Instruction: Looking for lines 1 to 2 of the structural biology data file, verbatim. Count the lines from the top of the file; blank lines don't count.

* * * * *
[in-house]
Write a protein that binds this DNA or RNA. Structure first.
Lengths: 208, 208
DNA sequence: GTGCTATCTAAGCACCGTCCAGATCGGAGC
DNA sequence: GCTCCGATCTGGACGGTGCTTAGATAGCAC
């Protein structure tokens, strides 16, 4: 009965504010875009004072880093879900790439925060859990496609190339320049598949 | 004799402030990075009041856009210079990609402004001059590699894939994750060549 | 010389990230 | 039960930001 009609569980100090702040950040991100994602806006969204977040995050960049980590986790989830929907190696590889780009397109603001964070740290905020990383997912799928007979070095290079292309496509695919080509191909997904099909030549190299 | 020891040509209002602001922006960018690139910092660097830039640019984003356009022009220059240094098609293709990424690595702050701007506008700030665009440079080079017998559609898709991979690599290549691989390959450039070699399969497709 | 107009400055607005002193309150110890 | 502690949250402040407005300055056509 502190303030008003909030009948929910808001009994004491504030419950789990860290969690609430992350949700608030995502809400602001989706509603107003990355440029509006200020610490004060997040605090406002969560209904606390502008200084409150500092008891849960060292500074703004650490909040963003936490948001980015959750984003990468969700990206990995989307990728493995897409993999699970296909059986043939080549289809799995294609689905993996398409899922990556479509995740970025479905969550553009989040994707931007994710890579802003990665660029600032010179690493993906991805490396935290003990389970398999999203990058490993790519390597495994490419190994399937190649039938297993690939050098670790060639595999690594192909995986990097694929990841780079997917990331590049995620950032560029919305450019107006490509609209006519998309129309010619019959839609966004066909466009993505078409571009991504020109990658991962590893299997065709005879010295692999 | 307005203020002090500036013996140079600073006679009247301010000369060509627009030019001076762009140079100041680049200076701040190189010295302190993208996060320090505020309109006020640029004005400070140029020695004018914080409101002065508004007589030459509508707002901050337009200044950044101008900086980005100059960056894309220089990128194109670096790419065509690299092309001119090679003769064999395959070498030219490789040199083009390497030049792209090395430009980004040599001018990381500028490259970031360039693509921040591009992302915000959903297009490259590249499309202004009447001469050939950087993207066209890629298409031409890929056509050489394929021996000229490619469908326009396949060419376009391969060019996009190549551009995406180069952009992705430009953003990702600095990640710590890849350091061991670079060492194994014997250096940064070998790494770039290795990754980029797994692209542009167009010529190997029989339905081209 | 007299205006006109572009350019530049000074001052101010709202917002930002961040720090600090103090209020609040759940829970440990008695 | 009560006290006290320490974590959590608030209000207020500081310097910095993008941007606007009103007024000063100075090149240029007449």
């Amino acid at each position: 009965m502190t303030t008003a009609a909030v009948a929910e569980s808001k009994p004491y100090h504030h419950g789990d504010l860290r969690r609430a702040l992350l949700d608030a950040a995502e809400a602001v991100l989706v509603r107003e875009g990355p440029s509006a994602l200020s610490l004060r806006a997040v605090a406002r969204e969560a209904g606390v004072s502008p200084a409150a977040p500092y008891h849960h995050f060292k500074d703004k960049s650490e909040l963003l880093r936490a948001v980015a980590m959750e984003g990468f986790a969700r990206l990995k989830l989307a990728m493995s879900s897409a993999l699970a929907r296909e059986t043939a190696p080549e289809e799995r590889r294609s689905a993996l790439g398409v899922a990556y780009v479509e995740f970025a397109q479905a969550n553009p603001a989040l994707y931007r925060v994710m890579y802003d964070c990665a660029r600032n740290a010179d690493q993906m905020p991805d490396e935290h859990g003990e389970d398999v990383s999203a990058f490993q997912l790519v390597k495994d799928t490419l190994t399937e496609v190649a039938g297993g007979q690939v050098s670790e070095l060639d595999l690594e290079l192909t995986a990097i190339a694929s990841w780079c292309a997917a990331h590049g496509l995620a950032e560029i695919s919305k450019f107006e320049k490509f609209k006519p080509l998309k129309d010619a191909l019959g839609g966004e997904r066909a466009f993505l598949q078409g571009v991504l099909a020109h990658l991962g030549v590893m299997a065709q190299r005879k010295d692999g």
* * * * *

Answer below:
[in-house]
Write a protein that binds this DNA or RNA. Structure first.